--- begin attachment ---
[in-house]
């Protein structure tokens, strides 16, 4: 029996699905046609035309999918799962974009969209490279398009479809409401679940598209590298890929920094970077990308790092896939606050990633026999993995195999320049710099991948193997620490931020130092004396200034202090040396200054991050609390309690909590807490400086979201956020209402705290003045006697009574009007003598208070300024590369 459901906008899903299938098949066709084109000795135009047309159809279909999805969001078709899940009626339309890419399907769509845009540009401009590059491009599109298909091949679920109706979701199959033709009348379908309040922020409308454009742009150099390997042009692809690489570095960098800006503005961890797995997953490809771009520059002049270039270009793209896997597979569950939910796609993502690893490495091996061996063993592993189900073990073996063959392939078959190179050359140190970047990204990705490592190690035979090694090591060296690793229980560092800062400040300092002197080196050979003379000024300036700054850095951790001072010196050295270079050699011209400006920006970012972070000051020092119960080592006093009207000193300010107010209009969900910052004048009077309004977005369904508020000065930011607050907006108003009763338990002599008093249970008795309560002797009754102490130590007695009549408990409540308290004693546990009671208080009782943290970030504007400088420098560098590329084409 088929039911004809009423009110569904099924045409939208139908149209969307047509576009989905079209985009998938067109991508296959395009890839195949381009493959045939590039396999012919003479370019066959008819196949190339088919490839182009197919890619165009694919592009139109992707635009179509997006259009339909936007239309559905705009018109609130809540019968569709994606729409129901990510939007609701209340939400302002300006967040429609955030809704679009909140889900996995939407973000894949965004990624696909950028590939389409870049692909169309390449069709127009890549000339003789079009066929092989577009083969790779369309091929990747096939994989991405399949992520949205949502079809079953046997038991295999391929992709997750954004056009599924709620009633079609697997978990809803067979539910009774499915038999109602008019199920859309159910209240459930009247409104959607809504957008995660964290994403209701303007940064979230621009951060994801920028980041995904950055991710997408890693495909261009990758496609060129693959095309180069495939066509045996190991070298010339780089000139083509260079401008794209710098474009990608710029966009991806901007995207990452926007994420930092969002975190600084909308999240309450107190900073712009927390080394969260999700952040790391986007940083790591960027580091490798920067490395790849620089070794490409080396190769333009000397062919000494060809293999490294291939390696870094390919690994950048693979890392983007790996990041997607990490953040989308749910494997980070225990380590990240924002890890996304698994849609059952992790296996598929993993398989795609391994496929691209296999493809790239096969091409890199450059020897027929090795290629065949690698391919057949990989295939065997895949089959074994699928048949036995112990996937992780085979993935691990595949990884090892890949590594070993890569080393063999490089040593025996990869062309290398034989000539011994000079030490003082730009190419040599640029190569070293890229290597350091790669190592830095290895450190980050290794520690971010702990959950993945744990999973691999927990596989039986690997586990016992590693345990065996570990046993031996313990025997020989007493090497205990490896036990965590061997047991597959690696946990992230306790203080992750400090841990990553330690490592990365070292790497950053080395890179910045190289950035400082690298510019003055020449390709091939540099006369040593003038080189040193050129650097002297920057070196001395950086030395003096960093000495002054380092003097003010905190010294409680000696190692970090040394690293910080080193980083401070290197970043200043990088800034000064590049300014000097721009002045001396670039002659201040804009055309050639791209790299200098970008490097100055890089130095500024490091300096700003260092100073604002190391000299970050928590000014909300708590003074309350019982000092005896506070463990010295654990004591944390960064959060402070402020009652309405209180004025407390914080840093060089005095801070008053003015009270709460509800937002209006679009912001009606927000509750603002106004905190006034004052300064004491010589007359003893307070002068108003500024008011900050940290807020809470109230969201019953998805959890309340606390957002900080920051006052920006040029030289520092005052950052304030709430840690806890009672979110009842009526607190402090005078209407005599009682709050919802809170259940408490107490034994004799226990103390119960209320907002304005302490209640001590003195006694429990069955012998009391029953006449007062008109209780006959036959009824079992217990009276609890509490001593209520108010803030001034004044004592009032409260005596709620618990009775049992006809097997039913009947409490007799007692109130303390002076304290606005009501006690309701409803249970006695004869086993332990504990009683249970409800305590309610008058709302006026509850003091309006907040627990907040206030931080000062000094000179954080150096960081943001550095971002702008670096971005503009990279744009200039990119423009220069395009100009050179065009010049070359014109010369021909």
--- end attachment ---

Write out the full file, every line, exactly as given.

[in-house]
């Protein structure tokens, strides 16, 4: 029996699905046609035309999918799962974009969209490279398009479809409401679940598209590298890929920094970077990308790092896939606050990633026999993995195999320049710099991948193997620490931020130092004396200034202090040396200054991050609390309690909590807490400086979201956020209402705290003045006697009574009007003598208070300024590369 459901906008899903299938098949066709084109000795135009047309159809279909999805969001078709899940009626339309890419399907769509845009540009401009590059491009599109298909091949679920109706979701199959033709009348379908309040922020409308454009742009150099390997042009692809690489570095960098800006503005961890797995997953490809771009520059002049270039270009793209896997597979569950939910796609993502690893490495091996061996063993592993189900073990073996063959392939078959190179050359140190970047990204990705490592190690035979090694090591060296690793229980560092800062400040300092002197080196050979003379000024300036700054850095951790001072010196050295270079050699011209400006920006970012972070000051020092119960080592006093009207000193300010107010209009969900910052004048009077309004977005369904508020000065930011607050907006108003009763338990002599008093249970008795309560002797009754102490130590007695009549408990409540308290004693546990009671208080009782943290970030504007400088420098560098590329084409 088929039911004809009423009110569904099924045409939208139908149209969307047509576009989905079209985009998938067109991508296959395009890839195949381009493959045939590039396999012919003479370019066959008819196949190339088919490839182009197919890619165009694919592009139109992707635009179509997006259009339909936007239309559905705009018109609130809540019968569709994606729409129901990510939007609701209340939400302002300006967040429609955030809704679009909140889900996995939407973000894949965004990624696909950028590939389409870049692909169309390449069709127009890549000339003789079009066929092989577009083969790779369309091929990747096939994989991405399949992520949205949502079809079953046997038991295999391929992709997750954004056009599924709620009633079609697997978990809803067979539910009774499915038999109602008019199920859309159910209240459930009247409104959607809504957008995660964290994403209701303007940064979230621009951060994801920028980041995904950055991710997408890693495909261009990758496609060129693959095309180069495939066509045996190991070298010339780089000139083509260079401008794209710098474009990608710029966009991806901007995207990452926007994420930092969002975190600084909308999240309450107190900073712009927390080394969260999700952040790391986007940083790591960027580091490798920067490395790849620089070794490409080396190769333009000397062919000494060809293999490294291939390696870094390919690994950048693979890392983007790996990041997607990490953040989308749910494997980070225990380590990240924002890890996304698994849609059952992790296996598929993993398989795609391994496929691209296999493809790239096969091409890199450059020897027929090795290629065949690698391919057949990989295939065997895949089959074994699928048949036995112990996937992780085979993935691990595949990884090892890949590594070993890569080393063999490089040593025996990869062309290398034989000539011994000079030490003082730009190419040599640029190569070293890229290597350091790669190592830095290895450190980050290794520690971010702990959950993945744990999973691999927990596989039986690997586990016992590693345990065996570990046993031996313990025997020989007493090497205990490896036990965590061997047991597959690696946990992230306790203080992750400090841990990553330690490592990365070292790497950053080395890179910045190289950035400082690298510019003055020449390709091939540099006369040593003038080189040193050129650097002297920057070196001395950086030395003096960093000495002054380092003097003010905190010294409680000696190692970090040394690293910080080193980083401070290197970043200043990088800034000064590049300014000097721009002045001396670039002659201040804009055309050639791209790299200098970008490097100055890089130095500024490091300096700003260092100073604002190391000299970050928590000014909300708590003074309350019982000092005896506070463990010295654990004591944390960064959060402070402020009652309405209180004025407390914080840093060089005095801070008053003015009270709460509800937002209006679009912001009606927000509750603002106004905190006034004052300064004491010589007359003893307070002068108003500024008011900050940290807020809470109230969201019953998805959890309340606390957002900080920051006052920006040029030289520092005052950052304030709430840690806890009672979110009842009526607190402090005078209407005599009682709050919802809170259940408490107490034994004799226990103390119960209320907002304005302490209640001590003195006694429990069955012998009391029953006449007062008109209780006959036959009824079992217990009276609890509490001593209520108010803030001034004044004592009032409260005596709620618990009775049992006809097997039913009947409490007799007692109130303390002076304290606005009501006690309701409803249970006695004869086993332990504990009683249970409800305590309610008058709302006026509850003091309006907040627990907040206030931080000062000094000179954080150096960081943001550095971002702008670096971005503009990279744009200039990119423009220069395009100009050179065009010049070359014109010369021909």